In a tragic story from Tampa, Florida, a middle-aged man named Marcelo Alves was convicted of four counts of sexual battery with a deadly weapon, among other charges. Alves could face a potential life sentence for violently raping a 22-year-old woman he met on a website called SugarDaddyForMe.com. Alves claimed that the sex was prearranged and consensual, but it’s hard to believe that sex outside a vacant mansion where one party was wearing a stocking over his head and carrying a large knife could plausibly be considered consensual.
During the trial, the victim recounted registering with the dating website, which advertises itself as a place where men who want to “to mentor pamper & spoil” can meet women wanting to be “pampered” by “that classy, caring and mature partner.” She said that Alves represented himself as a man named “Mark Garcia,” and that they had chatted several times, discussing the possibility of sex and the exchange of money. However, when they met, the victim suffered violent sexual assault.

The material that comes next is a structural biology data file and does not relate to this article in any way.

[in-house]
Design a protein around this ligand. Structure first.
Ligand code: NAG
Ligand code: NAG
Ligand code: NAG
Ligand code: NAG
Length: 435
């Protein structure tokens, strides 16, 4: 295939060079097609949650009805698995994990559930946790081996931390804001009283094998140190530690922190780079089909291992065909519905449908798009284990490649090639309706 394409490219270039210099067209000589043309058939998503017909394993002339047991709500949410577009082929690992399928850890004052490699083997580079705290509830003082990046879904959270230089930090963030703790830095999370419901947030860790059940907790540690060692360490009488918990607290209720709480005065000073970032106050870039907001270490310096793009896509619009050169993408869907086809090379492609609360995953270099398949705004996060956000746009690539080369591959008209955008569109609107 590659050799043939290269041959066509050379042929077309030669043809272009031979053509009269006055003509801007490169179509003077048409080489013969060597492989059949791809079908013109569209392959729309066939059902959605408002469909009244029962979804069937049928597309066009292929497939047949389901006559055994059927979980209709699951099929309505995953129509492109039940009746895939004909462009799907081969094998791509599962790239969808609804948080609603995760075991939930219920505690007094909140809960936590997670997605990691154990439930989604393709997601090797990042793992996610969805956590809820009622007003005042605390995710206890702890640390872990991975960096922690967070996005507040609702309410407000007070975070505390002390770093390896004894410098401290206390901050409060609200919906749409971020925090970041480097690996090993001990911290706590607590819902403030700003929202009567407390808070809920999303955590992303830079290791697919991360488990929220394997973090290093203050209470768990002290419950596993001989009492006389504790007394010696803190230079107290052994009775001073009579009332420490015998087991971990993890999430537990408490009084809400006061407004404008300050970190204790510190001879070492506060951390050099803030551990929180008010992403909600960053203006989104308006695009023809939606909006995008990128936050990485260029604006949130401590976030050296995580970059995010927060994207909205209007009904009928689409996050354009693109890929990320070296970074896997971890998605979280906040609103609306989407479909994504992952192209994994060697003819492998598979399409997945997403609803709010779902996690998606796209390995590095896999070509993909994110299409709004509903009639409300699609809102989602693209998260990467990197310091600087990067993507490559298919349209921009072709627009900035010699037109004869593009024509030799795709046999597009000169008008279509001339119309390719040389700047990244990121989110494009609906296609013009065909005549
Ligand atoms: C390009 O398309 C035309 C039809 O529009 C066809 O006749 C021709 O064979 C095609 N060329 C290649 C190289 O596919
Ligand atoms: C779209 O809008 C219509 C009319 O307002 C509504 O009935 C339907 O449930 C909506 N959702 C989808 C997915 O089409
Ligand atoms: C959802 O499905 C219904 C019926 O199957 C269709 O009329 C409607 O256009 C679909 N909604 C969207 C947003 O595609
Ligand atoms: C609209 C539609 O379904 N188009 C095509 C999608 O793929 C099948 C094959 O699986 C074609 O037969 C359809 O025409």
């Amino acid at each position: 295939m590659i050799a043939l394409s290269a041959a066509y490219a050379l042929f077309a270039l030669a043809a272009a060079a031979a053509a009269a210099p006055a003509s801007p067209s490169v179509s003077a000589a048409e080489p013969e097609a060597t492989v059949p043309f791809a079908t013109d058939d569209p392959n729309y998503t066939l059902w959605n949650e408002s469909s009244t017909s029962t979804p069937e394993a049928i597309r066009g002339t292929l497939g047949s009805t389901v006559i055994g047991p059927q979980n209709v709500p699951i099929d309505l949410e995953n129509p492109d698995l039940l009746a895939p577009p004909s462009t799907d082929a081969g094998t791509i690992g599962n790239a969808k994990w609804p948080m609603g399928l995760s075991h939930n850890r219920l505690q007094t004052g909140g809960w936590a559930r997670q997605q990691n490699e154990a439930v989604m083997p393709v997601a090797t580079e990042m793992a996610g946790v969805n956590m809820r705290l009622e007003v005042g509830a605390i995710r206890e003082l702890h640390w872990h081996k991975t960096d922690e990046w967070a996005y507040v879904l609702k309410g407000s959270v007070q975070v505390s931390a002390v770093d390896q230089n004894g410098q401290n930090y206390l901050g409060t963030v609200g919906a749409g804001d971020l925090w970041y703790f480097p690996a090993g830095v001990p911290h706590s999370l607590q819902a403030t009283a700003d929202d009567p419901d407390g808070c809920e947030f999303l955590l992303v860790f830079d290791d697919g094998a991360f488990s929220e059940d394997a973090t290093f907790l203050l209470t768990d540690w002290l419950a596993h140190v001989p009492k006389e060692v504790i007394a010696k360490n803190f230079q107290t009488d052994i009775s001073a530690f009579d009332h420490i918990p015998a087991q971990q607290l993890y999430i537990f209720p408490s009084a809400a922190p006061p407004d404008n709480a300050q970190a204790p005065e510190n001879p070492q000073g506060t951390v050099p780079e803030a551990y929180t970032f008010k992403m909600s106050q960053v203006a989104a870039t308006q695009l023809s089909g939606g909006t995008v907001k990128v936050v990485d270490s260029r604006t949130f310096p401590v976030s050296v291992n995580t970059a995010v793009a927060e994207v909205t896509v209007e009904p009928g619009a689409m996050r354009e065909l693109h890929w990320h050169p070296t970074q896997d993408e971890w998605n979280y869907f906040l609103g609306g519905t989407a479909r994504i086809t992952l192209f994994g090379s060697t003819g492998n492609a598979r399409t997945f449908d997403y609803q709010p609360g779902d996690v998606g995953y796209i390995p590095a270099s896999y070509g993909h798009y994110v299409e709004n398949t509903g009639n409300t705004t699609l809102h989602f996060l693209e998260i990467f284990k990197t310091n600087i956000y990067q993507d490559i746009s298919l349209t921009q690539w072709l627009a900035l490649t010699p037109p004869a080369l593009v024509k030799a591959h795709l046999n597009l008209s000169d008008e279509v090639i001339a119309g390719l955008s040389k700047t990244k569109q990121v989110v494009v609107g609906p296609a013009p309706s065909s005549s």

“I kept saying, like, ‘Please don’t kill me,’” the victim testified.
It sounds like the victim was put through a fairly horrifying ordeal during the trial; she was asked if she was a prostitute, and she denied the accusation, saying that she was meeting with Garcia without the expectation of money. Alves denied this, saying that he had promised to pay $1,000 and when it became evident during the sex that he wasn’t going to pay, the victim threatened to tell the police that he had raped her.
Jennifer Dritt, the executive director of the Florida Council Against Sexual Violence, seemed alarmed by the potential harm that could be caused by rendezvous created on such websites.
“While most online dating relationships don’t end up this way, you really don’t know who you’re talking to,” Dritt said. “I think, potentially, they’re very dangerous. And where money is exchanged, people can have different interpretations of what’s offered and promised.”
It’s fortunate that the media has been keeping the victim’s name private, because the trial illustrates the propensity to blame women for going to “sugar daddy” and “sugar baby” websites in the first place.
Photo from Flickr.
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